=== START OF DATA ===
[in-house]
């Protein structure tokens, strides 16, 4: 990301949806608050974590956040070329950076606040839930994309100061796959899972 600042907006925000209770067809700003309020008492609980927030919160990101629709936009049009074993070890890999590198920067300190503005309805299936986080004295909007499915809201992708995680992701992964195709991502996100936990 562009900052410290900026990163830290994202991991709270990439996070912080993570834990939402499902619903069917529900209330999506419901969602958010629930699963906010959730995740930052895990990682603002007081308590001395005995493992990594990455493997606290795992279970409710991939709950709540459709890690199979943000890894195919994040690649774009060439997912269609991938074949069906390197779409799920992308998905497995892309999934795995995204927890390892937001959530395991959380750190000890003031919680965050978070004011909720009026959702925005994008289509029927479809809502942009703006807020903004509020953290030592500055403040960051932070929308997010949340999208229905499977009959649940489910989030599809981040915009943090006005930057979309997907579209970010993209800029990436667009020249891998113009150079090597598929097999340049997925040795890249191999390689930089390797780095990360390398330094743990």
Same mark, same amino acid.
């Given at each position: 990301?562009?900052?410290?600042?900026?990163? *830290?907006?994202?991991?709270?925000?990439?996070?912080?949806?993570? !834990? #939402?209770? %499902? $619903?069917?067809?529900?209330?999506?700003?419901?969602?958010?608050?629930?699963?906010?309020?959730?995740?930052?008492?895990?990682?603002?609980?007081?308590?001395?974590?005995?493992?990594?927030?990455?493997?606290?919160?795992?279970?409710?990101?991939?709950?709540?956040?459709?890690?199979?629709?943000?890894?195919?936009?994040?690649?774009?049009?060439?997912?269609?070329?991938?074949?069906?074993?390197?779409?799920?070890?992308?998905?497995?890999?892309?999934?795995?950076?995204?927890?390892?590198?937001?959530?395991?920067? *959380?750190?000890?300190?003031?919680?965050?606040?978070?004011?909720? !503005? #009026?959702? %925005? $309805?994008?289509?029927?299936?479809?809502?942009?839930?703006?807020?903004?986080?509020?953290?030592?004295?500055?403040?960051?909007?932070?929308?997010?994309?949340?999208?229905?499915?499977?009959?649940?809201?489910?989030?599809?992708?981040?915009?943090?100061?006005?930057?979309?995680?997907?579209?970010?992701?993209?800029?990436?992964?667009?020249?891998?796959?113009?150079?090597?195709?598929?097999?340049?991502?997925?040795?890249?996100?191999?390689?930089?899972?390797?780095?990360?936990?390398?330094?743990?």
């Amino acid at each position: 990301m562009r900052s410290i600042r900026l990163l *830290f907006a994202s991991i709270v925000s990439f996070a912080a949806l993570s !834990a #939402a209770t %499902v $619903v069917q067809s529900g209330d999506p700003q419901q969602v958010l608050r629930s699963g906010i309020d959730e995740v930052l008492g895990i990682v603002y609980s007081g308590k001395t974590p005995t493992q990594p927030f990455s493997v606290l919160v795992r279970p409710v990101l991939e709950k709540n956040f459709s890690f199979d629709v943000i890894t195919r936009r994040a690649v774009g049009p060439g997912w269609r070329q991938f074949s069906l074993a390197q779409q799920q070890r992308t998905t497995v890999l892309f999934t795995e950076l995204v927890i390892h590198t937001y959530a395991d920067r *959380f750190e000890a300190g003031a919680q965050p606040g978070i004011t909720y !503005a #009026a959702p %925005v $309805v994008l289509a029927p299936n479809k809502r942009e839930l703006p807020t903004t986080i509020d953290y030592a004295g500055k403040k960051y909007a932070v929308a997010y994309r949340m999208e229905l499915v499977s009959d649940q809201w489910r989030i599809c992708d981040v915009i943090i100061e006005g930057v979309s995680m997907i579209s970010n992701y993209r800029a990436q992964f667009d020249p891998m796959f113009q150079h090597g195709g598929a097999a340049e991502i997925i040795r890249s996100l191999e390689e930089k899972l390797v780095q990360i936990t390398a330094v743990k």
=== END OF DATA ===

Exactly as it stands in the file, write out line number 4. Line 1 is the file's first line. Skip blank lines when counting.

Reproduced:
């Given at each position: 990301?562009?900052?410290?600042?900026?990163? *830290?907006?994202?991991?709270?925000?990439?996070?912080?949806?993570? !834990? #939402?209770? %499902? $619903?069917?067809?529900?209330?999506?700003?419901?969602?958010?608050?629930?699963?906010?309020?959730?995740?930052?008492?895990?990682?603002?609980?007081?308590?001395?974590?005995?493992?990594?927030?990455?493997?606290?919160?795992?279970?409710?990101?991939?709950?709540?956040?459709?890690?199979?629709?943000?890894?195919?936009?994040?690649?774009?049009?060439?997912?269609?070329?991938?074949?069906?074993?390197?779409?799920?070890?992308?998905?497995?890999?892309?999934?795995?950076?995204?927890?390892?590198?937001?959530?395991?920067? *959380?750190?000890?300190?003031?919680?965050?606040?978070?004011?909720? !503005? #009026?959702? %925005? $309805?994008?289509?029927?299936?479809?809502?942009?839930?703006?807020?903004?986080?509020?953290?030592?004295?500055?403040?960051?909007?932070?929308?997010?994309?949340?999208?229905?499915?499977?009959?649940?809201?489910?989030?599809?992708?981040?915009?943090?100061?006005?930057?979309?995680?997907?579209?970010?992701?993209?800029?990436?992964?667009?020249?891998?796959?113009?150079?090597?195709?598929?097999?340049?991502?997925?040795?890249?996100?191999?390689?930089?899972?390797?780095?990360?936990?390398?330094?743990?």